The goal is to develop expertise and technologies in a constantly evolving world such as the electric one, through an experience familiar to the company like that of racing competition. This has been a consolidated tradition for the Borgo Panigale company starting from the Ducati 851, which inaugurated the trend of Ducati road sports bikes by revolutionizing the concept with its innovative two-cylinder water-cooled engine, electronic fuel injection and the new twin-shaft, four-valve heads, deriving from the Ducati 748 IE bike that made its debut in endurance races at Le Castellet in 1986.

Since then, this endless transfer of expertise has always taken place from the Superbike World Championships, in which Ducati has participated since the first edition in 1988, and from MotoGP, in which Ducati is the only non-Japanese motorcycle manufacturer to have won a World Championship.

The crossover is also evident in the most recent and prestigious products of the Borgo Panigale manufacturer: the V4 engine of the Panigale is in fact strictly derived in its entire construction philosophy – from the bore and stroke measurements to the counter-rotating crankshaft – from the engine that debuted on the Desmosedici GP in 2015. The V4 Granturismo that equips the new Multistrada V4 was then derived from the Panigale engine. All the vehicle control software is also directly derived from those developed in the racing world. Not to mention the field of aerodynamics.

The technological solutions developed in the world of racing, transferred to the products that make up the range, allow Ducati to offer its enthusiasts extremely high-performance and fun-to-ride motorcycles. The FIM Enel MotoE Championship will also be no exception in this regard and will allow the Company to develop the best technologies and test methodologies applied to sporty, light and powerful electric motorcycles.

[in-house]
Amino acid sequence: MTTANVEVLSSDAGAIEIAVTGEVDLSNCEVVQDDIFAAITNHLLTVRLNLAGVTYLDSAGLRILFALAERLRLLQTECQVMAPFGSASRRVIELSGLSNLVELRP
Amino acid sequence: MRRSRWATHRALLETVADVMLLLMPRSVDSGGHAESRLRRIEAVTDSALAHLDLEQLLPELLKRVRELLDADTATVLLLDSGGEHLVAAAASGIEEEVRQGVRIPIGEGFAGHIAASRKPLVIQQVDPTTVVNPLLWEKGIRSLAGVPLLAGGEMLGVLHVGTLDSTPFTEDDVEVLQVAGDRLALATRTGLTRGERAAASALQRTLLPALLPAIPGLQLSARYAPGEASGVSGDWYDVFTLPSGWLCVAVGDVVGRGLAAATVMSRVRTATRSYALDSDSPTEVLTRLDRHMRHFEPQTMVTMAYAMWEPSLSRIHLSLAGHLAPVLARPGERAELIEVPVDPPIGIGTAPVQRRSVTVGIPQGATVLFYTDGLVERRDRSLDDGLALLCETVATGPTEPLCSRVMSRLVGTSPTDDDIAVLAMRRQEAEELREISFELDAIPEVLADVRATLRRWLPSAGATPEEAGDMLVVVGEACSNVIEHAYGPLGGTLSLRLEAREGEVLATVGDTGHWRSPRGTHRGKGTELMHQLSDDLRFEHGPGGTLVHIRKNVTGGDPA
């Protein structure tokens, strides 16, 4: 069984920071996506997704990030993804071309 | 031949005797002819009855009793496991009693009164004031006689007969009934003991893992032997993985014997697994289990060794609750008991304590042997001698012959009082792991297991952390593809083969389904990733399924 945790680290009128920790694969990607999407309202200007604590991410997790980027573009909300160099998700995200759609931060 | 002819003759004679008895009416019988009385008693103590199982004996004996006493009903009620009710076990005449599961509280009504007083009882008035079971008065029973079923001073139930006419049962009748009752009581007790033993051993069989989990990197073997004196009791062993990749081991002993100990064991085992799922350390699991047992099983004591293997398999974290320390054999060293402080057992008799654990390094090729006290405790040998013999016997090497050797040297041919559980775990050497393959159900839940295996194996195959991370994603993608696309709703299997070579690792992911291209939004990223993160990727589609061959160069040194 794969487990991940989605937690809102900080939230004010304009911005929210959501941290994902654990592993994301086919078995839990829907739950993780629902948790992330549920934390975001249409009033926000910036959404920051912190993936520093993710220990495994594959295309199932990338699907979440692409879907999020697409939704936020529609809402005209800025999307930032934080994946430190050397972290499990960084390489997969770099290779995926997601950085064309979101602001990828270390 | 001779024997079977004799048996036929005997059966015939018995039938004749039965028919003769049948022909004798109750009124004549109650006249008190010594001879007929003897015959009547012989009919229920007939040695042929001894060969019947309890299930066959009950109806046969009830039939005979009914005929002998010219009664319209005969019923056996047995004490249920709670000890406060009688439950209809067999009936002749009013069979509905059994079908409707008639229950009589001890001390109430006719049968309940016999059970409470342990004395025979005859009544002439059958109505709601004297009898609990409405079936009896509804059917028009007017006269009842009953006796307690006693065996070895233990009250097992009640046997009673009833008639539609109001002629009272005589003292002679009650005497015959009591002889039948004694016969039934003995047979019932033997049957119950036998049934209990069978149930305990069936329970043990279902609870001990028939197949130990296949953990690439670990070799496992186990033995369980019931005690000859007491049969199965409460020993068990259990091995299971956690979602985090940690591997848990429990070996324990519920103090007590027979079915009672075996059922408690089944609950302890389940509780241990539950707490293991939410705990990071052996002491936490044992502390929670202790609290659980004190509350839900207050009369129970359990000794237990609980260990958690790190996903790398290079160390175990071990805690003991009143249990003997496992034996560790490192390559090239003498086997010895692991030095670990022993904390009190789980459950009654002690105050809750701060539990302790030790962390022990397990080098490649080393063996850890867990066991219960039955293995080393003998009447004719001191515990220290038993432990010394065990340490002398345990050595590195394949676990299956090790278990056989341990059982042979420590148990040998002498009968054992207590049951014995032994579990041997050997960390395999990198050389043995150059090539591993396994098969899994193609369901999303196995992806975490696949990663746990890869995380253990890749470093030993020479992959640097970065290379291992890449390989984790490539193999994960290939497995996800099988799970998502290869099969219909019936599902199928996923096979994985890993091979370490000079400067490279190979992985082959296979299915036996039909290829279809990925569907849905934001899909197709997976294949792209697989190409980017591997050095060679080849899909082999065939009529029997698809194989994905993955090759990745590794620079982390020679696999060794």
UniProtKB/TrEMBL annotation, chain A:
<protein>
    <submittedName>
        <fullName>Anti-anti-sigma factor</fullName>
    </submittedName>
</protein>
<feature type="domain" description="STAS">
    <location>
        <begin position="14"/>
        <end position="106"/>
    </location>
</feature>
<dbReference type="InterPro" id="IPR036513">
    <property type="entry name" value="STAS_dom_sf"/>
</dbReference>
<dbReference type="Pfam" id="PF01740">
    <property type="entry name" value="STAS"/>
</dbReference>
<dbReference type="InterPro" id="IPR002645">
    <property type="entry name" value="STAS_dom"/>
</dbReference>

At the same time, the fact that Ducati forms part of the Volkswagen Group, which has made electric mobility an essential element of its 2030 “New Auto” strategy, represents the best prerequisite for an extraordinary exchange of expertise in the field of electric powertrains.

The announcement of the agreement was made during a joint press conference in the press room of the Misano World Circuit ‘Marco Simoncelli’ on the eve of the Made in Italy and Emilia-Romagna Grand Prix, the third to last round of the 2021 MotoGP World Championship. Carmelo Ezpeleta, CEO Dorna Sports, and Claudio Domenicali, CEO Ducati Motor Holding, were both present.

Claudio Domenicali, CEO of Ducati Motor Holding : “We are proud of this agreement because, like all the first times, it represents a historic moment for our company. Ducati is always projected towards the future and every time it enters a new world, it does so to create the best performing product possible. This agreement comes at the right time for Ducati, which has been studying the situation of electric powertrains for years, because it will allow us to experiment in a well-known and controlled field like that of racing competition. We will work to make available to all participants of the FIM Enel MotoE World Cup electric bikes that are high-performance and characterized by lightness. It is precisely on weight, a fundamental element of sports bikes, that the greatest challenge will be played out. Lightness has always been in Ducati’s DNA and thanks to the technology and chemistry of the batteries that are evolving rapidly we are convinced that we can obtain an excellent result. We test our innovations and our futuristic technological solutions on circuits all over the world and then make exciting and desirable products available to Ducatisti. I am convinced that once again we will build on the experiences we have had in the world of racing competition to transfer them and apply them also on production bikes.”